lostIf our most sophisticated understanding of the path to faith says that our neighbor is either a Christian (“on”) or not a Christian (“off”), then we tend to have just as unsophisticated a response to them. If they aren’t a Christian, well, it’s time to pull out our evangelism shotgun to try to force the switch to the “on” position. That’s what it means to “do evangelism,” after all. (Which tends to explain why we so rarely engage in evangelism.)

From distrust to trust

First, our friends moved from distrust to trust. Somewhere along the line, they learned to trust a Christian. Mark was guarded and aloof. He did not trust us Christians. This kept him far away from exploring Jesus with us. It was impossible for him to shed that distrust. But then something wonderful and mysterious happened, and Mark crossed this threshold.

From complacent to curious.

Second, they moved from complacent to curious. The fact that our friends actually came to trust a Christian didn’t necessarily mean that they were at all curious about Jesus. Matthew, for example, had started trusting a Christian but was pretty uninterested in Jesus. Matthew was successful and had everything going for him and had no reason at all to be curious about Jesus. But then something wonderful and mysterious happened, and Matthew crossed this threshold.

Closed to change to being open to change

Third, our friends moved from being closed to change to being open to change in their life. Interestingly, this always seemed to be the hardest threshold to cross not for all of them but for most of them. Abner, for example, had started trusting some Christians and was even asking questions about Jesus. He was very curious. But he had no interest at all in examining his personal life. That was off limits. But then something wonderful and mysterious happened, and Abner crossed this threshold.

Meandering to seeking

The fourth threshold is the move from meandering to seeking. Even when our friends became curious about Jesus and open to change in their life, it didn’t necessarily follow that they began actively, purposefully seeking God. It was more natural for them to meander. Steve, for example, was very intrigued after some Christian students (whom he met sleeping in cardboard boxes at an event to raise awareness and dollars for the homeless) talked with him about Jesus. Steve accepted invitations to Bible studies, worship and even to a mission trip to Mexico. But he wasn’t necessarily wanting to come to conclusions, to really seek answers. But then something wonderful and mysterious happened, and Steve crossed this threshold.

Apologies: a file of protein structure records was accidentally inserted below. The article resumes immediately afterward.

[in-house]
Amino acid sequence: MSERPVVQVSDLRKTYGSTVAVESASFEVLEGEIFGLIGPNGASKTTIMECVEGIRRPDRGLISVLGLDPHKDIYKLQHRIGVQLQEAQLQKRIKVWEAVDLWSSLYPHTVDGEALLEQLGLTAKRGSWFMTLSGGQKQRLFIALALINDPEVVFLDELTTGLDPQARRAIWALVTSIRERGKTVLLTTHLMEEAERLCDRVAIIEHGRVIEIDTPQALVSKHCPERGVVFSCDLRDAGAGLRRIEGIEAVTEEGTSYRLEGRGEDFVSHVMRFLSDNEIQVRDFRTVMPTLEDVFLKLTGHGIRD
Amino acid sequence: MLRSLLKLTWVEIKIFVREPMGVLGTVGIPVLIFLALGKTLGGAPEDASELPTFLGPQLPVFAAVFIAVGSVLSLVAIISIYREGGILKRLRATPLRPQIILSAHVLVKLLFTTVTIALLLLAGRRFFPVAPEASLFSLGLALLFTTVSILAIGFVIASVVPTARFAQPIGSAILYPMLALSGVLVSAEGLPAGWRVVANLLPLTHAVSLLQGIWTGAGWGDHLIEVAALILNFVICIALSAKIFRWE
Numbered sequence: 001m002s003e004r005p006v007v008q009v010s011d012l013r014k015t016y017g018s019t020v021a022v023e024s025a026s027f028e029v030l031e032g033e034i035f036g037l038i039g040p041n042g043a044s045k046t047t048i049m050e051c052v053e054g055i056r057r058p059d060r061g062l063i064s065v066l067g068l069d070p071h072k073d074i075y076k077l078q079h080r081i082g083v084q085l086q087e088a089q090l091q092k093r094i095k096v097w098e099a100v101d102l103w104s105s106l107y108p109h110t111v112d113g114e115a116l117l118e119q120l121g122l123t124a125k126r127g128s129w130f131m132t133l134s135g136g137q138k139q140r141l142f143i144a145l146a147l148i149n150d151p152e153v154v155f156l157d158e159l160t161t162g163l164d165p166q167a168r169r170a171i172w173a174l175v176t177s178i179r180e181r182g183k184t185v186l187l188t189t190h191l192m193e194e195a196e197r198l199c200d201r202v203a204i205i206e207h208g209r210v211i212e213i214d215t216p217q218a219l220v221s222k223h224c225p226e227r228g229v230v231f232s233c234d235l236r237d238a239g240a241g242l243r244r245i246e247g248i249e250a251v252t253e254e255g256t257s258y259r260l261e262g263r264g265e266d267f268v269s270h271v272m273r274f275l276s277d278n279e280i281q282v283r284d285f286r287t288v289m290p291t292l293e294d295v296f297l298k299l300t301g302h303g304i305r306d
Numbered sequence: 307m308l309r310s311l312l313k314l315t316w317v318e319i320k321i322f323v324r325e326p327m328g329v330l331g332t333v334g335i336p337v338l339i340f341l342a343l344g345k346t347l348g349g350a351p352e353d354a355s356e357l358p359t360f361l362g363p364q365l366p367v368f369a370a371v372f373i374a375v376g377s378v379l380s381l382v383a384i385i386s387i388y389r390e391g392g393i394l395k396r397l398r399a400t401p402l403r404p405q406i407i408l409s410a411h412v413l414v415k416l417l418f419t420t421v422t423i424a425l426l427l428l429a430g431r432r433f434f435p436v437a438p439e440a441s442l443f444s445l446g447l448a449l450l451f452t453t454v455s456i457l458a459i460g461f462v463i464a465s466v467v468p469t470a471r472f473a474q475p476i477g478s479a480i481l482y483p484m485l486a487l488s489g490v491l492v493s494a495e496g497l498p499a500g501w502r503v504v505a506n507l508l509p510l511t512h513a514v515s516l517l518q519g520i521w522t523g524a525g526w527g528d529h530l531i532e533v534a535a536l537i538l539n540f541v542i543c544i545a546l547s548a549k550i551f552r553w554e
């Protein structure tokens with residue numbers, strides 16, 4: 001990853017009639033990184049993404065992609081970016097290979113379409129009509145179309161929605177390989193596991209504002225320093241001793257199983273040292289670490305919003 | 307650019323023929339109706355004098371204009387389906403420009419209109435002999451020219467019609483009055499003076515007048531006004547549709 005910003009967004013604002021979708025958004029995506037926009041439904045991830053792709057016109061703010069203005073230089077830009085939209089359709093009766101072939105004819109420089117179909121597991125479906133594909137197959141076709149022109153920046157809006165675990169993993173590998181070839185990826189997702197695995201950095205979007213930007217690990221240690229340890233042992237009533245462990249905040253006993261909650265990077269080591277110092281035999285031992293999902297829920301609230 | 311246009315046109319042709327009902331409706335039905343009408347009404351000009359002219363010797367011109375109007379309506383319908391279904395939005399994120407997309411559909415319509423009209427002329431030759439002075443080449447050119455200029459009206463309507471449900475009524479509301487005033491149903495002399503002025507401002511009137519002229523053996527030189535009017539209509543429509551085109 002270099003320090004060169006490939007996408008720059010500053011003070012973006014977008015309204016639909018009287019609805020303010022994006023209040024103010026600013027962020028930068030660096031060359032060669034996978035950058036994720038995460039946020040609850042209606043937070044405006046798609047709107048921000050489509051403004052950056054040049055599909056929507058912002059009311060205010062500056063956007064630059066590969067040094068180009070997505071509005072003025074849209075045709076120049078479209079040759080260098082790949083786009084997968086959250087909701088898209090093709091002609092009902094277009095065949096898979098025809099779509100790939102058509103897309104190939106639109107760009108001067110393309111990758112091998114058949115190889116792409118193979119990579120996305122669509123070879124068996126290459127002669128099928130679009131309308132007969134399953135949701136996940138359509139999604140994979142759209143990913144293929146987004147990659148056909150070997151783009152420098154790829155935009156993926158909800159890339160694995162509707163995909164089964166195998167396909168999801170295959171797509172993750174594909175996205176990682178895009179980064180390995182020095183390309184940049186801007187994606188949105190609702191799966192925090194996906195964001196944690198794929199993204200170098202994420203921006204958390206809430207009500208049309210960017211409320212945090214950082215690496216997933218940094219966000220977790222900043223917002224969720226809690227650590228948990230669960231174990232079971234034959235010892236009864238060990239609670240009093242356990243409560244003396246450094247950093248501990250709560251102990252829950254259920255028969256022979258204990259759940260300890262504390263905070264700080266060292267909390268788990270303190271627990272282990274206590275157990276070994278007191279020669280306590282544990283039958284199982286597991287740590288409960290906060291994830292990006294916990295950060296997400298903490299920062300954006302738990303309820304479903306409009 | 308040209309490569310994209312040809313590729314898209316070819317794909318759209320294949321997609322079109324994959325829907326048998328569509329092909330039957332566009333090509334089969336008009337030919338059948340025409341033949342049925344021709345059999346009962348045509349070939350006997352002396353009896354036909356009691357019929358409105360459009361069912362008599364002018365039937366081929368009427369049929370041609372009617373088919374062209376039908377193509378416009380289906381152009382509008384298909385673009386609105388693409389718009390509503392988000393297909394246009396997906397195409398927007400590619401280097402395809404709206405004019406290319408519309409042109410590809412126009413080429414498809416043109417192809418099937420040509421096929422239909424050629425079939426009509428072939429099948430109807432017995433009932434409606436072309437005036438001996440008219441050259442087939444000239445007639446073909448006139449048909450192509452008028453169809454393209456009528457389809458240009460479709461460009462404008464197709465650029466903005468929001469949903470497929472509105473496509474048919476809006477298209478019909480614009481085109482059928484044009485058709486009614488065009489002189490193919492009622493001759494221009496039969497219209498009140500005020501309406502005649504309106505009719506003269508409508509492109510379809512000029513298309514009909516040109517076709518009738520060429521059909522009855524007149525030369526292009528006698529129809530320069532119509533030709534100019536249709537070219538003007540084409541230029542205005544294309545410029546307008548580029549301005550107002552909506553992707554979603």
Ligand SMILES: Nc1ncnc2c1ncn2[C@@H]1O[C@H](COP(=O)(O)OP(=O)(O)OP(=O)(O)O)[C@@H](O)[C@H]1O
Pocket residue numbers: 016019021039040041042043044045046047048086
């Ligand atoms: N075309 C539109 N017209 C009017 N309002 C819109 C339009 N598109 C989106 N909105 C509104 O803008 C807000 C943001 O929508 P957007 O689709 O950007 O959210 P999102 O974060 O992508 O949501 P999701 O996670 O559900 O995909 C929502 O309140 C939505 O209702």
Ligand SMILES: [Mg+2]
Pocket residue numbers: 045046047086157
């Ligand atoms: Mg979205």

Into the kingdom

Finally, each of our friends had one more threshold to cross. They needed to cross the threshold of the kingdom itself. They needed to repent and believe and give their life to Jesus. Many people who journey well along the path to faith, learning to trust a Christian, becoming curious about Jesus, becoming open to personal change, even seeking after answers, never become Christians. Sarah might have been one of those folks. She was interested in Jesus, loved her new Christian friend and even went to conferences and Bible studies. But she was a scientist and couldn’t imagine becoming a person of faith not without physical proof. But then something wonderful and mysterious happened, and Sarah crossed the threshold into the kingdom itself.